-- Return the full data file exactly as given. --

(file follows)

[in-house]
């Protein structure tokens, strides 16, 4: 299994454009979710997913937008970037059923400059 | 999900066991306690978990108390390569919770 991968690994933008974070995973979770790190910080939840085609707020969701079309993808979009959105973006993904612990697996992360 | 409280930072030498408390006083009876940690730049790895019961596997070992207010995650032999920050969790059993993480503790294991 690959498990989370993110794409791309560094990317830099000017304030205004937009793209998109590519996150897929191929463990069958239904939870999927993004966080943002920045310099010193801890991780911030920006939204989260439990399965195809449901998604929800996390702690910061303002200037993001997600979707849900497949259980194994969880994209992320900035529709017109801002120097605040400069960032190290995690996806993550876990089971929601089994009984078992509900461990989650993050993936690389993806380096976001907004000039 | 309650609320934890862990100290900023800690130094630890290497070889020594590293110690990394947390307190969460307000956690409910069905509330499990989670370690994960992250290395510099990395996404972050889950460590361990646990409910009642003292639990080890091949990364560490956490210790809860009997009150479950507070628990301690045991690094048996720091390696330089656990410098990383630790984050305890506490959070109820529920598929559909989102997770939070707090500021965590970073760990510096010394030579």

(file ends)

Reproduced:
[in-house]
């Protein structure tokens, strides 16, 4: 299994454009979710997913937008970037059923400059 | 999900066991306690978990108390390569919770 991968690994933008974070995973979770790190910080939840085609707020969701079309993808979009959105973006993904612990697996992360 | 409280930072030498408390006083009876940690730049790895019961596997070992207010995650032999920050969790059993993480503790294991 690959498990989370993110794409791309560094990317830099000017304030205004937009793209998109590519996150897929191929463990069958239904939870999927993004966080943002920045310099010193801890991780911030920006939204989260439990399965195809449901998604929800996390702690910061303002200037993001997600979707849900497949259980194994969880994209992320900035529709017109801002120097605040400069960032190290995690996806993550876990089971929601089994009984078992509900461990989650993050993936690389993806380096976001907004000039 | 309650609320934890862990100290900023800690130094630890290497070889020594590293110690990394947390307190969460307000956690409910069905509330499990989670370690994960992250290395510099990395996404972050889950460590361990646990409910009642003292639990080890091949990364560490956490210790809860009997009150479950507070628990301690045991690094048996720091390696330089656990410098990383630790984050305890506490959070109820529920598929559909989102997770939070707090500021965590970073760990510096010394030579």